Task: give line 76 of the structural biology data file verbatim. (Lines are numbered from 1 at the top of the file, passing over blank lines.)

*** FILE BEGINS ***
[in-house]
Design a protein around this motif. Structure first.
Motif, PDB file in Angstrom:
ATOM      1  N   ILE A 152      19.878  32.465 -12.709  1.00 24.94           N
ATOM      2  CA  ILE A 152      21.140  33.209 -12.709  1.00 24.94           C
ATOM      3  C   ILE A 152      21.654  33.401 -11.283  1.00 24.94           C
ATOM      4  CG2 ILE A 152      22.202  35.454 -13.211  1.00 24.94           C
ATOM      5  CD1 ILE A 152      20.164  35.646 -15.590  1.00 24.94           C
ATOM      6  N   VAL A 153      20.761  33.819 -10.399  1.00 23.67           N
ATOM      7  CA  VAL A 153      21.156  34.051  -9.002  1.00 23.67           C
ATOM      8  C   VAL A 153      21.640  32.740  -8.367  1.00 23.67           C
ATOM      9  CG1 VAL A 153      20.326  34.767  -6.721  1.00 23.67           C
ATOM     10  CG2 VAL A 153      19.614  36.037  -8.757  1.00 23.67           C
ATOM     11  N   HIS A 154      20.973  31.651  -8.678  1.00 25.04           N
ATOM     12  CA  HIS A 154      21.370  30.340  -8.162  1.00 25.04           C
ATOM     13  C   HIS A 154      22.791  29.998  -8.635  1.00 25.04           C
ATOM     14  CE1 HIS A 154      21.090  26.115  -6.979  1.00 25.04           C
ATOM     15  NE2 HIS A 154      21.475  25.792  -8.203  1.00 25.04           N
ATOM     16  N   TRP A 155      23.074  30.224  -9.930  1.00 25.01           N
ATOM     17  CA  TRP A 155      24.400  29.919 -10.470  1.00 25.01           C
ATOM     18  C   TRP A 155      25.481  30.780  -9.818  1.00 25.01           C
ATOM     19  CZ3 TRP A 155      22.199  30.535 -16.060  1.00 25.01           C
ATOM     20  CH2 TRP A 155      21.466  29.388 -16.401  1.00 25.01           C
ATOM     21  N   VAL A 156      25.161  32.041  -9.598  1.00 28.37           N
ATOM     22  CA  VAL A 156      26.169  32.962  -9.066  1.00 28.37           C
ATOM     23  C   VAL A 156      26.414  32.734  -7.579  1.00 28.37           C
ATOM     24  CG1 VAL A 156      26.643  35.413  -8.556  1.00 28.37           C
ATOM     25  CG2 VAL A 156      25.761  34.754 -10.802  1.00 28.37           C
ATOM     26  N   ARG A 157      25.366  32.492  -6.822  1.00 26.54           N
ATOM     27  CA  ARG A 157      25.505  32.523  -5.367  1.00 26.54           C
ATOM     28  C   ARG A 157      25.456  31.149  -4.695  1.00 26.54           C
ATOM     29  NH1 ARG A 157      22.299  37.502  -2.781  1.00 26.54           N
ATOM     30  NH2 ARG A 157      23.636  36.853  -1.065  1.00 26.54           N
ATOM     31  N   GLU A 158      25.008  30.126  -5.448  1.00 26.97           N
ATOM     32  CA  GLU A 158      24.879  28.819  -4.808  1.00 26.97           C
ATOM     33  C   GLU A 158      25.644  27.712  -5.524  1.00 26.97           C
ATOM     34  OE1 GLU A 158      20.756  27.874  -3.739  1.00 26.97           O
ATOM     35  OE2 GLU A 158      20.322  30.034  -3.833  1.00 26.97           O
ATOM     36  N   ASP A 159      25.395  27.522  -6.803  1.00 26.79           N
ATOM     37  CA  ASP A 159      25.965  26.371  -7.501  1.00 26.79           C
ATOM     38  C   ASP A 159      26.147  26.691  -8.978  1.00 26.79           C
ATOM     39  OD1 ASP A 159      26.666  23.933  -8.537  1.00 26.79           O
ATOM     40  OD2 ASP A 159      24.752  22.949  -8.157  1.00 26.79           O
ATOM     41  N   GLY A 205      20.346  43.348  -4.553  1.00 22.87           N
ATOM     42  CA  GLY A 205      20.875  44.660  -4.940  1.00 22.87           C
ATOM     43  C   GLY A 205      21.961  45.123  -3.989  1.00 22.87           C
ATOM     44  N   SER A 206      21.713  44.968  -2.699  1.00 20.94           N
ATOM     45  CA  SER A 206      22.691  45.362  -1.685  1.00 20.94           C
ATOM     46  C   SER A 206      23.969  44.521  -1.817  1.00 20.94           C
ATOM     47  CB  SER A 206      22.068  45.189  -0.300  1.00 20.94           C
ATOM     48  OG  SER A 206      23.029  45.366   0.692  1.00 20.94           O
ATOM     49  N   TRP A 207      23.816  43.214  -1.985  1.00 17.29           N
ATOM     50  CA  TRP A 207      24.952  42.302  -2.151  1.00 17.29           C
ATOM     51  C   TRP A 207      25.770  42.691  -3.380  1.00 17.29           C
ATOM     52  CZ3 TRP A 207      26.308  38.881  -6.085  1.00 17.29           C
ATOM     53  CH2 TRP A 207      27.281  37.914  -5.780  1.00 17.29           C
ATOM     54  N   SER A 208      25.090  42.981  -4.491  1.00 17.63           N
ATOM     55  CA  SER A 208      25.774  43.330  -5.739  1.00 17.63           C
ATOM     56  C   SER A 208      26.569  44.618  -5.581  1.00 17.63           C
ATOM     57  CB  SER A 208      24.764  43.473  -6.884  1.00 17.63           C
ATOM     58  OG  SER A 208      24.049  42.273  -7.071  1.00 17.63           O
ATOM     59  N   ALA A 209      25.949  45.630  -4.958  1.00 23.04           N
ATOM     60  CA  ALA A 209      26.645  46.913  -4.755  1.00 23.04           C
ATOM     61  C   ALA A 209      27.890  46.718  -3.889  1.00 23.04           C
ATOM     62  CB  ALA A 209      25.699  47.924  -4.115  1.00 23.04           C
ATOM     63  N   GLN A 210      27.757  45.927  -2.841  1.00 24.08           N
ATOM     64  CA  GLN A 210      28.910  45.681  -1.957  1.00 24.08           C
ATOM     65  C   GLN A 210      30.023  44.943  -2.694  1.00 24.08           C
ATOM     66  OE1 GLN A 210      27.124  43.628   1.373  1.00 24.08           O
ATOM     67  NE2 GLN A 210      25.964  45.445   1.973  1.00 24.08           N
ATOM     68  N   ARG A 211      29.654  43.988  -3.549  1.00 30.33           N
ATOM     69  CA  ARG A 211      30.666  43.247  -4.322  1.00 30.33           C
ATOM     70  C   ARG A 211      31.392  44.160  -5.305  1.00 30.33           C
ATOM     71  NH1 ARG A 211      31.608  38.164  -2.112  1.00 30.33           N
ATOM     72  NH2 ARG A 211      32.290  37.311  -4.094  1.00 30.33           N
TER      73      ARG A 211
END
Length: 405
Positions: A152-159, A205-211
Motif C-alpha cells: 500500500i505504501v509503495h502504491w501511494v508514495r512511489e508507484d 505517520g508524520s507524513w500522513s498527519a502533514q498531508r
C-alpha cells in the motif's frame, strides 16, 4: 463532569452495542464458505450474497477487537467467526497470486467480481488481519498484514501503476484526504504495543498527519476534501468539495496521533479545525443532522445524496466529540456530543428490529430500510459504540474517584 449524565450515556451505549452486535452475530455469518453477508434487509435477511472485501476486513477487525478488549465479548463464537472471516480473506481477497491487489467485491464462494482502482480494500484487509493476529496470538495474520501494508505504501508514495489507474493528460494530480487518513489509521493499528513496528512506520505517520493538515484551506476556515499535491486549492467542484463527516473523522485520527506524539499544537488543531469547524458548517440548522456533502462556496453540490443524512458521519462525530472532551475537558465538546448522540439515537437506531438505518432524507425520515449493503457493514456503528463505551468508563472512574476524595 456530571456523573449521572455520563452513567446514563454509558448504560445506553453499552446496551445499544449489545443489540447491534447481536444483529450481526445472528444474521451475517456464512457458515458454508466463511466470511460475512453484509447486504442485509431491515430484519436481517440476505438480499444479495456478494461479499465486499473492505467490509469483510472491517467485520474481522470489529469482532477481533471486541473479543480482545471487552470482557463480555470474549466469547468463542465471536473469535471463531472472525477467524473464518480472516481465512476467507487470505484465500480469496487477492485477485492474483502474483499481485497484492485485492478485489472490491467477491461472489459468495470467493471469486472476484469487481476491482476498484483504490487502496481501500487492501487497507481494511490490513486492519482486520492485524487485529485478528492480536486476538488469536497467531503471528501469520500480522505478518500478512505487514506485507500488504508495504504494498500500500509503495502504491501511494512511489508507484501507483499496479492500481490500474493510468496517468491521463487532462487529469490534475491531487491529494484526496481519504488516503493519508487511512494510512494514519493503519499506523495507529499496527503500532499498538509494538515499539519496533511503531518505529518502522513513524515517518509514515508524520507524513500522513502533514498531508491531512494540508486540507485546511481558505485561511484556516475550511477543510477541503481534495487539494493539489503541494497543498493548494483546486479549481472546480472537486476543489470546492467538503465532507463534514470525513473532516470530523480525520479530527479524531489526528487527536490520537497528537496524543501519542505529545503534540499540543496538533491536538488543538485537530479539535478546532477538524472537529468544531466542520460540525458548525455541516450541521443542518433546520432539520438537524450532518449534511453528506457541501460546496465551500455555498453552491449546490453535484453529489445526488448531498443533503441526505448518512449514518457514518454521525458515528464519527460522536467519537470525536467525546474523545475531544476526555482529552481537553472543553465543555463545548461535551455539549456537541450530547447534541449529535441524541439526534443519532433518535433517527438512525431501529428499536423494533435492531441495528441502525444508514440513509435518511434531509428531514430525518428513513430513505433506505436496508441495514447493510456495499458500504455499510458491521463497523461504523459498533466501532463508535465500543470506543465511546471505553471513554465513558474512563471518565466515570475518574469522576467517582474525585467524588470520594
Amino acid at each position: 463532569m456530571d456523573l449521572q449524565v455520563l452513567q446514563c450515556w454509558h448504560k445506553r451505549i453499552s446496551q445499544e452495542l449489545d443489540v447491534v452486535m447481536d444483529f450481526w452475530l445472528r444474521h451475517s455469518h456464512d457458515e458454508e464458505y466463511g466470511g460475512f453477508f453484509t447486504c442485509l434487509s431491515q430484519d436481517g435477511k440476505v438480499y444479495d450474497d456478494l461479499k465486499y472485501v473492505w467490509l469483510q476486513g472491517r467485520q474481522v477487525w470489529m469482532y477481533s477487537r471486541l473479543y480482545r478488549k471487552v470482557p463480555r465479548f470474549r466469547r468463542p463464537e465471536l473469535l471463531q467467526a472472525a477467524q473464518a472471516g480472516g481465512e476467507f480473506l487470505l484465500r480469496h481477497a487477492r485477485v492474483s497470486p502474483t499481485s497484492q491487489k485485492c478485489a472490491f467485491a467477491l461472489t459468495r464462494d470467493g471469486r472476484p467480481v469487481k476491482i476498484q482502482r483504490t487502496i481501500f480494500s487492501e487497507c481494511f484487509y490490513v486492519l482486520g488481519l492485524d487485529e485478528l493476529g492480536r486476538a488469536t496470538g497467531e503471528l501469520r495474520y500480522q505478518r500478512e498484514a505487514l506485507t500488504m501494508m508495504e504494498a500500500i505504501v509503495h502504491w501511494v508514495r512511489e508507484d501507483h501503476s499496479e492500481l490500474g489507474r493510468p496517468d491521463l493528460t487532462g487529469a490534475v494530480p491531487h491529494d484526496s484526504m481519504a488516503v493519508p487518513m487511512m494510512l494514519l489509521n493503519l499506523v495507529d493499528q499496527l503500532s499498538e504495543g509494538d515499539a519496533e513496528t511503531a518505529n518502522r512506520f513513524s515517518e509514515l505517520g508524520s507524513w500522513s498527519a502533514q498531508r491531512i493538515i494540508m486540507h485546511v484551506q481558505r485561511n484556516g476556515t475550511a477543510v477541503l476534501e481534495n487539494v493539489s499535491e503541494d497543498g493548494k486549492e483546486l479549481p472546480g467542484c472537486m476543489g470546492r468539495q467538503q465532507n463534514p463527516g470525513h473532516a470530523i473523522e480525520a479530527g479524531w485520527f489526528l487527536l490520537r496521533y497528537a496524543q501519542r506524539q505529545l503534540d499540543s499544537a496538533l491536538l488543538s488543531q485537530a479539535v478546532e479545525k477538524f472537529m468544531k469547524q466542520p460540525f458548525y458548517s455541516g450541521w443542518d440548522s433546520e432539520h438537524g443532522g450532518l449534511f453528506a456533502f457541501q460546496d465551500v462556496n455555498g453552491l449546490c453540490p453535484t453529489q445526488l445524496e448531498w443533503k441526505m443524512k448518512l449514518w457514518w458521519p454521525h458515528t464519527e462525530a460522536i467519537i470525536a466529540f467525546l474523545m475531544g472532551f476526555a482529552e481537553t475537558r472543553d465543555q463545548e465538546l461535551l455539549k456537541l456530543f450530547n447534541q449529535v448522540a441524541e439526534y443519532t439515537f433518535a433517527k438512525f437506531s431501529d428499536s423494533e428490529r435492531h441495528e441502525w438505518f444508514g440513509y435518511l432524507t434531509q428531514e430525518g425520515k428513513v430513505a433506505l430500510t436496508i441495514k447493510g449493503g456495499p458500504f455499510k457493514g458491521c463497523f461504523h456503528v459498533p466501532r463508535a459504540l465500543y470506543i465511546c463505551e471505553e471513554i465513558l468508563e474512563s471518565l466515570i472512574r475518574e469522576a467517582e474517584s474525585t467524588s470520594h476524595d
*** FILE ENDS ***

TER      73      ARG A 211